Tuesday, June 25, 2013
The Other Side of the Wall
To my right, the city of Jerusalem sprawls out across the rolling Israeli hillside, it's tall, stone buildings stand firmly in the holy soil as they've been for thousands of years, the city emanating democracy and forward thinking, and bustling neighborhoods with people going about their day. To my left, there's sand. The stark differences are amplified by the monstrous concrete wall erected in-between the two lands, creating a contrast as clear as day and night, black and white, or in this case, Israel and the West Bank.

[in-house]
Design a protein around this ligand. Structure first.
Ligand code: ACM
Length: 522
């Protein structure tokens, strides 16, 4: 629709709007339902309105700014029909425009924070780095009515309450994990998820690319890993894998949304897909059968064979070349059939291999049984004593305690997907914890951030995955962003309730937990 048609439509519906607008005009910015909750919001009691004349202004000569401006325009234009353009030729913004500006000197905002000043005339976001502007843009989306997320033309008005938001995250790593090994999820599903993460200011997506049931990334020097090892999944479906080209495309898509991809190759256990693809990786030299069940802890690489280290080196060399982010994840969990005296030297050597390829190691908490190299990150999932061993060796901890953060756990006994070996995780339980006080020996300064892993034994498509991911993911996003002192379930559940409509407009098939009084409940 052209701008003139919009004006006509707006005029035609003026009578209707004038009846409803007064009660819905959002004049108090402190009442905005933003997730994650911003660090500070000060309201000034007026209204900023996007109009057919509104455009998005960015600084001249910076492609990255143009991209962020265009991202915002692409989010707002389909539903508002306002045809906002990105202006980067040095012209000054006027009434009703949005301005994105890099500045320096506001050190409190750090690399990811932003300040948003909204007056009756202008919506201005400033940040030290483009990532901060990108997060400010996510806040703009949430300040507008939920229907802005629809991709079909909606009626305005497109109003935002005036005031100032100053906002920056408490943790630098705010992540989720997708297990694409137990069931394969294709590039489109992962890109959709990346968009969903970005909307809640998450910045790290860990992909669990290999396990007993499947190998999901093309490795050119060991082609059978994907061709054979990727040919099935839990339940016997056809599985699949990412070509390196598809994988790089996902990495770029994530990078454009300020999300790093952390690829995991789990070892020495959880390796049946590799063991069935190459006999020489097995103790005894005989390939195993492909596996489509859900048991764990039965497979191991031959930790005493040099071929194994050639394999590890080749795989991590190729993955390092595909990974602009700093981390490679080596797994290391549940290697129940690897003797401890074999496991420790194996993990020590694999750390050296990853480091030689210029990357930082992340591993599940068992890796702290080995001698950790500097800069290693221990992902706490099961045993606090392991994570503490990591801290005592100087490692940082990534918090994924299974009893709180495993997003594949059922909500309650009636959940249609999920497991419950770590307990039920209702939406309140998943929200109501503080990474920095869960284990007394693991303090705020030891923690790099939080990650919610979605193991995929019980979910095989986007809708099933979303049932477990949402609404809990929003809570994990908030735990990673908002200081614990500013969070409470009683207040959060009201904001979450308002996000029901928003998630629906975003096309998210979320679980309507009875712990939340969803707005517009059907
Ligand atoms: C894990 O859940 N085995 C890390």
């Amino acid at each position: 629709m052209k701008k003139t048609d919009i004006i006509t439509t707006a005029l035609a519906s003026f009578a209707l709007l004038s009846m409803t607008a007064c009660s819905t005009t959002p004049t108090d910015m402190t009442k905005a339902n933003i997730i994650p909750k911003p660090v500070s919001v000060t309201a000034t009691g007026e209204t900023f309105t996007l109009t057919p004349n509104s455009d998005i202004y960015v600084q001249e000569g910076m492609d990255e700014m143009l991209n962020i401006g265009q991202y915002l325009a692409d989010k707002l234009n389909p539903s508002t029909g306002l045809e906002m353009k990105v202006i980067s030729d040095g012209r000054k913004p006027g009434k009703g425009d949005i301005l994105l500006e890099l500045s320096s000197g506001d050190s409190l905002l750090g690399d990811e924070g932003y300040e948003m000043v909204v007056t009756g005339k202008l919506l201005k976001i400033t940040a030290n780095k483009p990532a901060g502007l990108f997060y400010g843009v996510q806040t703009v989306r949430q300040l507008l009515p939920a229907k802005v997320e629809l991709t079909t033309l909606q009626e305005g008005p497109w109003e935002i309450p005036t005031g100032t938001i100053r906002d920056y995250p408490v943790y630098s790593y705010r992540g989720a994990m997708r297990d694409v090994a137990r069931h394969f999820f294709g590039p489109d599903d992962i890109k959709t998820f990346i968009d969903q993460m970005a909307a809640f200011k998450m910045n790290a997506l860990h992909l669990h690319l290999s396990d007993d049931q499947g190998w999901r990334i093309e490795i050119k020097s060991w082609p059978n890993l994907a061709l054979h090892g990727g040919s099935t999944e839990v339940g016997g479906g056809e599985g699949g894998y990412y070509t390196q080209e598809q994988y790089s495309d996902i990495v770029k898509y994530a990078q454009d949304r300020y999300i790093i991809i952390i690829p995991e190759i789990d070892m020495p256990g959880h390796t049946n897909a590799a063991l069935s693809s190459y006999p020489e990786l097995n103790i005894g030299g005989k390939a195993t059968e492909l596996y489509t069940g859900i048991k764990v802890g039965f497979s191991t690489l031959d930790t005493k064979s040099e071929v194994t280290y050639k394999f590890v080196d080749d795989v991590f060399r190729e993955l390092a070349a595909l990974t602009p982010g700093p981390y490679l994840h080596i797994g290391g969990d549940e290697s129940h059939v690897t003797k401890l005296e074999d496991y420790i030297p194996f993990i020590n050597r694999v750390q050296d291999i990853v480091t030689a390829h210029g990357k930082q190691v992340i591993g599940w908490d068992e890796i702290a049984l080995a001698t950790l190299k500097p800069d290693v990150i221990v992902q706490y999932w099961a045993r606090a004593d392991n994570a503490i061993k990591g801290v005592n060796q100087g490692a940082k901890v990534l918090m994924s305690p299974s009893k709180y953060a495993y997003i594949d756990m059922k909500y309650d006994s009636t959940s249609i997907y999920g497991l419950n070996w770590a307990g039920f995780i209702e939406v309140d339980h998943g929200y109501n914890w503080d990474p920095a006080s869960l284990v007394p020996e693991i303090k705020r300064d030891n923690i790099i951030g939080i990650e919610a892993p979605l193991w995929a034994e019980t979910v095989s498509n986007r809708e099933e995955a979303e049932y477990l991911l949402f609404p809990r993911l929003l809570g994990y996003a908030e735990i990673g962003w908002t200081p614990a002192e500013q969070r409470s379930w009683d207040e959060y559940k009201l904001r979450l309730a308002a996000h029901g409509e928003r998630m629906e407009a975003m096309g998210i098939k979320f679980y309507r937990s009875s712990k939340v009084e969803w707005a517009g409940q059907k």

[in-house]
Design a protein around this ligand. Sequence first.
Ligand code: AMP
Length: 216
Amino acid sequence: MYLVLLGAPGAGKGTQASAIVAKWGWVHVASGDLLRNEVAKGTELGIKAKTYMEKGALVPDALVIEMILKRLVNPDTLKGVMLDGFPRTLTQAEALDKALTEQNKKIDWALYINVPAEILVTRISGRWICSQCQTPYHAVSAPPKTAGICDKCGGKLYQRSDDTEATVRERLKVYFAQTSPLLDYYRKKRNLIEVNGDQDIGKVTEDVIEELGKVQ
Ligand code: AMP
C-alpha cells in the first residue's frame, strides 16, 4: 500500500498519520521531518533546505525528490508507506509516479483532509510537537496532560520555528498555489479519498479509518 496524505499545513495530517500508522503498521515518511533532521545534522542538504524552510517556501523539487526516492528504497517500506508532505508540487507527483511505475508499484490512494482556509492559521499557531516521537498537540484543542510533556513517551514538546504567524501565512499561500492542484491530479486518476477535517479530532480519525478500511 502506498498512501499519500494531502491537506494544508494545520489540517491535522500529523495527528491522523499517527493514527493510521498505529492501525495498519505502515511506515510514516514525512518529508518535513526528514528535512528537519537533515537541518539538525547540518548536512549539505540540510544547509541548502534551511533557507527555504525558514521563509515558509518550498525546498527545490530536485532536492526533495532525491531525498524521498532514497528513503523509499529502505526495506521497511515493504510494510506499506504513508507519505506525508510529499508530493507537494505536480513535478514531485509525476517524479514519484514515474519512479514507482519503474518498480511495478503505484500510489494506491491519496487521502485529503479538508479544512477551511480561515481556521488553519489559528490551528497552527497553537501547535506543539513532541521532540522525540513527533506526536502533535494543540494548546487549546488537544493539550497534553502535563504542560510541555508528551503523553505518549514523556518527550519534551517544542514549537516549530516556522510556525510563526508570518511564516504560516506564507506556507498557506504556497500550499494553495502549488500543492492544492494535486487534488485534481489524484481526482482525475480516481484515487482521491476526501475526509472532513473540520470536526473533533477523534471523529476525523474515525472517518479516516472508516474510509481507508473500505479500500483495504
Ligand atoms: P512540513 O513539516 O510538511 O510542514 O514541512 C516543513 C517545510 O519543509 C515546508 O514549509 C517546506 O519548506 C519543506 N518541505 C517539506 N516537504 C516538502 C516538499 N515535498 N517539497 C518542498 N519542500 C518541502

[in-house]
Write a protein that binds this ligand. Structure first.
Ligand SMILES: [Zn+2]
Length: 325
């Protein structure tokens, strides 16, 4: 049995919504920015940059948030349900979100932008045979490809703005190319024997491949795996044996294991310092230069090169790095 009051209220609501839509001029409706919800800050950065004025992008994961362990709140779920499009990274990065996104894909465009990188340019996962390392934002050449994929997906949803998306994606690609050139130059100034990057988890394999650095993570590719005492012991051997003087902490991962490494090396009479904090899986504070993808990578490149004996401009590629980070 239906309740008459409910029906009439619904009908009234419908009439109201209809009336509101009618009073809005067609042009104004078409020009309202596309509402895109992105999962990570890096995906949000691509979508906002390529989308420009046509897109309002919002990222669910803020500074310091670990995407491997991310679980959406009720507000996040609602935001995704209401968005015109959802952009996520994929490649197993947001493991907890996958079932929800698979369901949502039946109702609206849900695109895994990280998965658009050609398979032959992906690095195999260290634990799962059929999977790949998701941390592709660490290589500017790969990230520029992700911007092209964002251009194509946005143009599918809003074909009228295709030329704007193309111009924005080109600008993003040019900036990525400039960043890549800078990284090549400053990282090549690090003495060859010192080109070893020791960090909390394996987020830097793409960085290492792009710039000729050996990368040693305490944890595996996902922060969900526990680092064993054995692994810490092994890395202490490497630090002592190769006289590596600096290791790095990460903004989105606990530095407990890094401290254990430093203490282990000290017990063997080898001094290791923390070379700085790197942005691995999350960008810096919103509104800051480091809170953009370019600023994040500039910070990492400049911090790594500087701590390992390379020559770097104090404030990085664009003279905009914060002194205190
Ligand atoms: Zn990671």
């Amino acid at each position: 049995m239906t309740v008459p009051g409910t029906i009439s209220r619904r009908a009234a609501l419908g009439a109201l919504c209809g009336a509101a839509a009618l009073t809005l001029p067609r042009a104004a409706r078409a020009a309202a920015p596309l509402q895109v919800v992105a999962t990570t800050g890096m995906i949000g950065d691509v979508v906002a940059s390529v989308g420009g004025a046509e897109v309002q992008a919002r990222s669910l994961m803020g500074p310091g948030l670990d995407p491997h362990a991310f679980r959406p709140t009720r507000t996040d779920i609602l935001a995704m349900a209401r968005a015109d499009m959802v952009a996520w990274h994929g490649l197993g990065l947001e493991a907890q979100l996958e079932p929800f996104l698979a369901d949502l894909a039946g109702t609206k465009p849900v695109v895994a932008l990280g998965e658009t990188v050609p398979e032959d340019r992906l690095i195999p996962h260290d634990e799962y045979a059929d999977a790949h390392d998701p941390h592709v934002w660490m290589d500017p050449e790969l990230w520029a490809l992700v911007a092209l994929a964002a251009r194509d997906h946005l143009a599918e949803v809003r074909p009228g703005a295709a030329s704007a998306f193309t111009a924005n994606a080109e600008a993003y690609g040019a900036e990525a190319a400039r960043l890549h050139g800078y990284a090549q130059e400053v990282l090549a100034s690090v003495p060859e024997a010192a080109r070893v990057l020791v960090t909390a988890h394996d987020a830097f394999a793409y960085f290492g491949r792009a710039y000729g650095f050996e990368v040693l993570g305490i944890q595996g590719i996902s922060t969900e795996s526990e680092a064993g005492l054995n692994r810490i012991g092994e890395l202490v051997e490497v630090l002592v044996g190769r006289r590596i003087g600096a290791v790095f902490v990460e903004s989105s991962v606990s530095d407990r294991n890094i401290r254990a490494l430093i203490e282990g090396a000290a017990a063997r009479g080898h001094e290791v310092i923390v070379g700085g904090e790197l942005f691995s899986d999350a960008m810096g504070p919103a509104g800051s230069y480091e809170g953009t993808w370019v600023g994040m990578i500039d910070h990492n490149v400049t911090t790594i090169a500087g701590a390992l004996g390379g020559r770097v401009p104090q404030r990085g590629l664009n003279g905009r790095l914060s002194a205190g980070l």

The security wall is actually 93% fence and was built in 2002 to keep suicide bombers from harming innocent israeli civilians. The fence was a success and suicide bombings have plummeted with civilian injuries decreasing and creating an overall safer Israel. The physical schism that the fence has become separates two very different worlds. Crossing the border and experiencing the West Bank was stunning because the Palestinians style of living varies so greatly. While some Palestinians towns are very much reminiscent of anywhere else in the world, Bedouins are just as common of a sight. These nomadic tribes live as simply as possible, inhabiting tents in deserts while shepherding goats and raising chickens. My mind skipped immediately to sci-fi Star Wars desert tribes on Tatooine - it was astonishing. Prior to this experience, I was completely unaware that people were living the same way they did hundreds of years ago and seeing it first hand was overwhelming. The security fence has grown to symbolize many things, but what I found today was it being a gate to an entirely new world.